Sample pretreatment equipment excels in quality, reliability and affordability. Depending on the application, SCP SCIENCE can provide the proper equipment to satisfy your analytical needs and maximize the precision of your final analytical results.
Constructed in stainless or galvanized steel, the sample splitter has a wide application since it can be used for fine aggregates as well as many coarse sizes. Sample is poured into the hopper chute and the riffle splitter divides it into two equal portions that discharge into separate pans. The split is then repoured until the desired number of representative samples are obtained. The sample splitters are available with riffle openings of 3/8” or larger, and with splitter sizes of 229 mm x 305 mm (9” x 12”) and 229 x 457 mm (9” x 18”).
Solid Phase Extraction (SPE) Supplies
PE (Solid Phase Extraction) is a technique whereby a desired analyte, a cation or an anion, is concentrated and separated from a complex sample matrix onto a sorbent stationary phase. The interfering matrix, which is not retained, is effectively eliminated. As a result, the analyte can be analyzed at the best possible sensitivity range of the analytical technique, e.g. Inductively Coupled Plasma-Optical Emission Spectroscopy (ICP-OES), without the risk of matrix interference.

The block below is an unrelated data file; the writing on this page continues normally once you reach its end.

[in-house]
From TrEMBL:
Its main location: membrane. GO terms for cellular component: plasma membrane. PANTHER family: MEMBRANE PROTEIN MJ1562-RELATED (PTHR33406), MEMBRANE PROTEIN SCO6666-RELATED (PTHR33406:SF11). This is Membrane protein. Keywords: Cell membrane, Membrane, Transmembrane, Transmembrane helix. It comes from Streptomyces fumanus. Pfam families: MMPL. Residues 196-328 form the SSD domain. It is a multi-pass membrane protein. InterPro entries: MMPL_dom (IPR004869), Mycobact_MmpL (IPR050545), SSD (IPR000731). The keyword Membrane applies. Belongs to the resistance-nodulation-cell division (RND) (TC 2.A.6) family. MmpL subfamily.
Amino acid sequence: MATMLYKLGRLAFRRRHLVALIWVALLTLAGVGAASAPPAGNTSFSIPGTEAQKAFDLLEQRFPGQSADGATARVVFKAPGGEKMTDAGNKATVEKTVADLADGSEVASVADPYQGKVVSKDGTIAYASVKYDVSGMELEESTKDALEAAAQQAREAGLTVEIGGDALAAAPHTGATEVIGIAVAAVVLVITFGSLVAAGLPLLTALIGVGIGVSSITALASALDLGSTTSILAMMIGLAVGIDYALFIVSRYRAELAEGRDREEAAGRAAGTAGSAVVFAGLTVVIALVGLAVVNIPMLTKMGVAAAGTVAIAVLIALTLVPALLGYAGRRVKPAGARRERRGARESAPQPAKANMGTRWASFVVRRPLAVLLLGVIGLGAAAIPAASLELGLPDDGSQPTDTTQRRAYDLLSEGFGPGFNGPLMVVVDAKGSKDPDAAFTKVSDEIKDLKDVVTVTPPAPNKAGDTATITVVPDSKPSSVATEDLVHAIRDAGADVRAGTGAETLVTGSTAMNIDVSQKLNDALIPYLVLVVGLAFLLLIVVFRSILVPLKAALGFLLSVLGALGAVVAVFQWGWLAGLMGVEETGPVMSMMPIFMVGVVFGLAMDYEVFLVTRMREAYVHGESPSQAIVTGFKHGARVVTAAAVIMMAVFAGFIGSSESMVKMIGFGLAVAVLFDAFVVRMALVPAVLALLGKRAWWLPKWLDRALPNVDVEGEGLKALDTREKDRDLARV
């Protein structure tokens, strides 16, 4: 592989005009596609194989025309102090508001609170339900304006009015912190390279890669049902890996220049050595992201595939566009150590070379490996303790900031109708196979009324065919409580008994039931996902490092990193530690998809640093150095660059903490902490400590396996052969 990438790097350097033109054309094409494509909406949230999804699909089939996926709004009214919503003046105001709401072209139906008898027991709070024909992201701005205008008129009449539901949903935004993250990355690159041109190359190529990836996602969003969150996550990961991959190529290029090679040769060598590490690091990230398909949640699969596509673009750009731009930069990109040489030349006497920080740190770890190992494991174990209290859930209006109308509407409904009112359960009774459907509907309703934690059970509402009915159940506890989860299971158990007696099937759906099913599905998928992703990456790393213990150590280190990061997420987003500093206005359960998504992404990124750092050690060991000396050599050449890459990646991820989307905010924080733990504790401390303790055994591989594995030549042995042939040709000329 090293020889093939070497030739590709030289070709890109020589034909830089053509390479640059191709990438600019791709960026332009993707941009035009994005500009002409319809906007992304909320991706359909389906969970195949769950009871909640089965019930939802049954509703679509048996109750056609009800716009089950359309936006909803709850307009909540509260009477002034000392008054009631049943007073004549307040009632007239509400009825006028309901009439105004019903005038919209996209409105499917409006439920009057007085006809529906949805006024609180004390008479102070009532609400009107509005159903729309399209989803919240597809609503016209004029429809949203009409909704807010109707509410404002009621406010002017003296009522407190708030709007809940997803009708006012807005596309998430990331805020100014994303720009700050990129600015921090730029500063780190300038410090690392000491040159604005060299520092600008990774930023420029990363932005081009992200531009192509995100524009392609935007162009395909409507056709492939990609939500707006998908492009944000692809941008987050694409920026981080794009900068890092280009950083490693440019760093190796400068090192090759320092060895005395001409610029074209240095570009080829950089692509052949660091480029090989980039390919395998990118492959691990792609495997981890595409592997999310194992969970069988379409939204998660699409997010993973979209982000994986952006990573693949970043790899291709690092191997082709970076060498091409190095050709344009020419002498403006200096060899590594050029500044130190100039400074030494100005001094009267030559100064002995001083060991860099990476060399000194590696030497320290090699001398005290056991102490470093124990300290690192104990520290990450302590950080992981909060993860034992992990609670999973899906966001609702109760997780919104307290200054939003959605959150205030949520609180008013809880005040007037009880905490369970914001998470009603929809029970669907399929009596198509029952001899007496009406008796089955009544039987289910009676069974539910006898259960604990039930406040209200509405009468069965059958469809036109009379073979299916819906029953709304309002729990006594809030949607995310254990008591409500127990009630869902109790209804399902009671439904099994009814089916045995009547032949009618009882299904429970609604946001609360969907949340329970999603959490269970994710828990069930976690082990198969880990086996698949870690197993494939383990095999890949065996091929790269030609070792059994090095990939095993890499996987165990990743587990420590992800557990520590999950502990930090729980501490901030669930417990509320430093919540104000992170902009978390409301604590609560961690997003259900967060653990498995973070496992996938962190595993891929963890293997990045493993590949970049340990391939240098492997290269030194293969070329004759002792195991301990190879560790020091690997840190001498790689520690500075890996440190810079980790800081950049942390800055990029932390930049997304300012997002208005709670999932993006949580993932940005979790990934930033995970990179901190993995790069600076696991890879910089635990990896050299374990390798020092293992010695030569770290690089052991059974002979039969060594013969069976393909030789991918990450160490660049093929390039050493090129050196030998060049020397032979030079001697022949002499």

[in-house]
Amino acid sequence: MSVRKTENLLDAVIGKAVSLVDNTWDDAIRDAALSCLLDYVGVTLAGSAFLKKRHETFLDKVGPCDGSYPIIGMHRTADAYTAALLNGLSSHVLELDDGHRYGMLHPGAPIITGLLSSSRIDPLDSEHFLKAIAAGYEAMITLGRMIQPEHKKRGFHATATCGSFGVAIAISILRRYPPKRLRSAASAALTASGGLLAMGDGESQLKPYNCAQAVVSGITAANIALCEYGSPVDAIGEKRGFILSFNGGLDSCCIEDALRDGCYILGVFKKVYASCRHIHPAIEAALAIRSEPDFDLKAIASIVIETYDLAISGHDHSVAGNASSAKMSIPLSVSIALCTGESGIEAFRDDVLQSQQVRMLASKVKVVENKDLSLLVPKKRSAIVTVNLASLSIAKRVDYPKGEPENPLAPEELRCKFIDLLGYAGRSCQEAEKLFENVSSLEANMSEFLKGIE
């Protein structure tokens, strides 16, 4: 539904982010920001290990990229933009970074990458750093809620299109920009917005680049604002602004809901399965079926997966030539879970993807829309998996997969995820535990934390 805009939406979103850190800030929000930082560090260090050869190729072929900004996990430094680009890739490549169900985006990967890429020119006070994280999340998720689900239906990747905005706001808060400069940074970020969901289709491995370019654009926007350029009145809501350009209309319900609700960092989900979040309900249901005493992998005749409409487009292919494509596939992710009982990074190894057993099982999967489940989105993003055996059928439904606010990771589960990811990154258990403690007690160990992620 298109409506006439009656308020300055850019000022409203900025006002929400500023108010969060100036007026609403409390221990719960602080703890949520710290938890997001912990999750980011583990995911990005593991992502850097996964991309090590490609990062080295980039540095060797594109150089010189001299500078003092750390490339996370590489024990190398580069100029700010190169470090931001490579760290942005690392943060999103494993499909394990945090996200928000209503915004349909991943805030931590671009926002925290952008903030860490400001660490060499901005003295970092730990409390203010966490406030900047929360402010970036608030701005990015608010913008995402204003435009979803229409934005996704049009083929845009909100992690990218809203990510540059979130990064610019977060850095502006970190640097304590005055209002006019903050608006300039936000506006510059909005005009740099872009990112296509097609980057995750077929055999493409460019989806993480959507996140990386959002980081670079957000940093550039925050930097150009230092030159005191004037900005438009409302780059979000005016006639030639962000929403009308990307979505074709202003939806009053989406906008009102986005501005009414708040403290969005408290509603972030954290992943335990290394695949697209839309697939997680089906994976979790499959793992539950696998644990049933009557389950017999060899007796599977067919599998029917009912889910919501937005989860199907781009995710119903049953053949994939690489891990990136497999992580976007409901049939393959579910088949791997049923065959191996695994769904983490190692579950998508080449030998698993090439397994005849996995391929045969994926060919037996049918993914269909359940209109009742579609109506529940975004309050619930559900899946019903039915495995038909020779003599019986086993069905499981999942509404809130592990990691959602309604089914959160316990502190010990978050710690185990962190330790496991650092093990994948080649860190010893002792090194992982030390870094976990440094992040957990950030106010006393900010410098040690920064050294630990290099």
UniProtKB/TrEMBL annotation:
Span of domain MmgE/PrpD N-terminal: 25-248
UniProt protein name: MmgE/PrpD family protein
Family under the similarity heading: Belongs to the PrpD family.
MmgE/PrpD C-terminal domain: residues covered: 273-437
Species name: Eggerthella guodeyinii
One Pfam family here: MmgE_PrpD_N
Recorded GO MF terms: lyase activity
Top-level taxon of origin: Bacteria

In recent years another technique has become very popular, the technique of Matrix Component Retention. In this case, the sorbent is selected to retain unwanted components in the matrix and the analytes of interest are not retained. Again, because the potentially interfering components have been removed, better sensitivity is obtained in sample analysis. This technique is seen most often in the food industry.
In both cases, the sorbent is placed in cartridges or liquid chromatography columns that can hold varying quantities of unprocessed samples.
In general, the SPE method should follow 4 steps:
Step One: Conditioning – The sorbent is prepared for the sample.
Step Two: Retention – Filter the desired analyte(s) or the unwanted matrix components.
Step Three: Rinsing – Any possible undesired component that may have been absorbed on the sorbent is washed away.
Step Four: Elution – The selective desorption and collection of the analyte of interest from the cartridge or column.
Sample Preparation Enquiry
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